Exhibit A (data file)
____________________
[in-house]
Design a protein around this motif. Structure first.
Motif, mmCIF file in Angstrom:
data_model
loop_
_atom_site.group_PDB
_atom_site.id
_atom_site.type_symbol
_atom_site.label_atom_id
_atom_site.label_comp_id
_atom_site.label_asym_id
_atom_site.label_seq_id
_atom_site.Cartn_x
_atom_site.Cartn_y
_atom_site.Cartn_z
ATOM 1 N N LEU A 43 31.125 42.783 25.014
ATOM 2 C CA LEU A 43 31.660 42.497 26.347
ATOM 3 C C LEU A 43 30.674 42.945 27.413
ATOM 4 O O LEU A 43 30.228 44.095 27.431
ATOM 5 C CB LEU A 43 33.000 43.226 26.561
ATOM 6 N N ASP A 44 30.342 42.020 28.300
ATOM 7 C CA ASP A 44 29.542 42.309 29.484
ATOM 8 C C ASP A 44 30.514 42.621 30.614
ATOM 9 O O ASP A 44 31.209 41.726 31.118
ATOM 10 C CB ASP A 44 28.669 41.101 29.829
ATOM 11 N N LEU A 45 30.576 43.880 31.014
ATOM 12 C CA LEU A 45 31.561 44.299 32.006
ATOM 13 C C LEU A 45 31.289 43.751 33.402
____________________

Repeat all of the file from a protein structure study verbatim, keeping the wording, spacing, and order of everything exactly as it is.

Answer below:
[in-house]
Design a protein around this motif. Structure first.
Motif, mmCIF file in Angstrom:
data_model
loop_
_atom_site.group_PDB
_atom_site.id
_atom_site.type_symbol
_atom_site.label_atom_id
_atom_site.label_comp_id
_atom_site.label_asym_id
_atom_site.label_seq_id
_atom_site.Cartn_x
_atom_site.Cartn_y
_atom_site.Cartn_z
ATOM 1 N N LEU A 43 31.125 42.783 25.014
ATOM 2 C CA LEU A 43 31.660 42.497 26.347
ATOM 3 C C LEU A 43 30.674 42.945 27.413
ATOM 4 O O LEU A 43 30.228 44.095 27.431
ATOM 5 C CB LEU A 43 33.000 43.226 26.561
ATOM 6 N N ASP A 44 30.342 42.020 28.300
ATOM 7 C CA ASP A 44 29.542 42.309 29.484
ATOM 8 C C ASP A 44 30.514 42.621 30.614
ATOM 9 O O ASP A 44 31.209 41.726 31.118
ATOM 10 C CB ASP A 44 28.669 41.101 29.829
ATOM 11 N N LEU A 45 30.576 43.880 31.014
ATOM 12 C CA LEU A 45 31.561 44.299 32.006
ATOM 13 C C LEU A 45 31.289 43.751 33.402